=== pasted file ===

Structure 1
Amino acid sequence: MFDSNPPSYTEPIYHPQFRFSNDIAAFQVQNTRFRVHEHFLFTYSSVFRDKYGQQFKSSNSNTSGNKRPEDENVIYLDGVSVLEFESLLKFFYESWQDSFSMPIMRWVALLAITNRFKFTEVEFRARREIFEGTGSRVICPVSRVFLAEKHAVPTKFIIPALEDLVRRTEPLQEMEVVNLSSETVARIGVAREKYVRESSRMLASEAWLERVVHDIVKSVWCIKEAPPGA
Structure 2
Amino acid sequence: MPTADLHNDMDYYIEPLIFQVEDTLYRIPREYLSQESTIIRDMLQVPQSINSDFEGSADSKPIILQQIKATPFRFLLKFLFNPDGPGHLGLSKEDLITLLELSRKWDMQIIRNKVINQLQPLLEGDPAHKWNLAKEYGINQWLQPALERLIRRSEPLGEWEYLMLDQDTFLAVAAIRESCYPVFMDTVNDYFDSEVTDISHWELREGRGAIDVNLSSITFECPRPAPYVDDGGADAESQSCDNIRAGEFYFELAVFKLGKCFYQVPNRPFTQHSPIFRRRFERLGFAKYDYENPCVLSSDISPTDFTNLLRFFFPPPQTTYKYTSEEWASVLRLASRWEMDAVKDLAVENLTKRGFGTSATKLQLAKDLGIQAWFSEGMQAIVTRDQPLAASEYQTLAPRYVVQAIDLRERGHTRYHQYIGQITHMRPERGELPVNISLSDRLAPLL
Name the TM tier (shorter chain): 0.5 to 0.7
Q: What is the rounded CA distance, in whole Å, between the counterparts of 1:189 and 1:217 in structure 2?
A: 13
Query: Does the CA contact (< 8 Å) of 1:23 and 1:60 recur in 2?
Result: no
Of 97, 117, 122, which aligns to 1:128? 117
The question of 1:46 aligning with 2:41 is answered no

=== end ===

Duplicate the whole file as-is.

Structure 1
Amino acid sequence: MFDSNPPSYTEPIYHPQFRFSNDIAAFQVQNTRFRVHEHFLFTYSSVFRDKYGQQFKSSNSNTSGNKRPEDENVIYLDGVSVLEFESLLKFFYESWQDSFSMPIMRWVALLAITNRFKFTEVEFRARREIFEGTGSRVICPVSRVFLAEKHAVPTKFIIPALEDLVRRTEPLQEMEVVNLSSETVARIGVAREKYVRESSRMLASEAWLERVVHDIVKSVWCIKEAPPGA
Structure 2
Amino acid sequence: MPTADLHNDMDYYIEPLIFQVEDTLYRIPREYLSQESTIIRDMLQVPQSINSDFEGSADSKPIILQQIKATPFRFLLKFLFNPDGPGHLGLSKEDLITLLELSRKWDMQIIRNKVINQLQPLLEGDPAHKWNLAKEYGINQWLQPALERLIRRSEPLGEWEYLMLDQDTFLAVAAIRESCYPVFMDTVNDYFDSEVTDISHWELREGRGAIDVNLSSITFECPRPAPYVDDGGADAESQSCDNIRAGEFYFELAVFKLGKCFYQVPNRPFTQHSPIFRRRFERLGFAKYDYENPCVLSSDISPTDFTNLLRFFFPPPQTTYKYTSEEWASVLRLASRWEMDAVKDLAVENLTKRGFGTSATKLQLAKDLGIQAWFSEGMQAIVTRDQPLAASEYQTLAPRYVVQAIDLRERGHTRYHQYIGQITHMRPERGELPVNISLSDRLAPLL
Name the TM tier (shorter chain): 0.5 to 0.7
Q: What is the rounded CA distance, in whole Å, between the counterparts of 1:189 and 1:217 in structure 2?
A: 13
Query: Does the CA contact (< 8 Å) of 1:23 and 1:60 recur in 2?
Result: no
Of 97, 117, 122, which aligns to 1:128? 117
The question of 1:46 aligning with 2:41 is answered no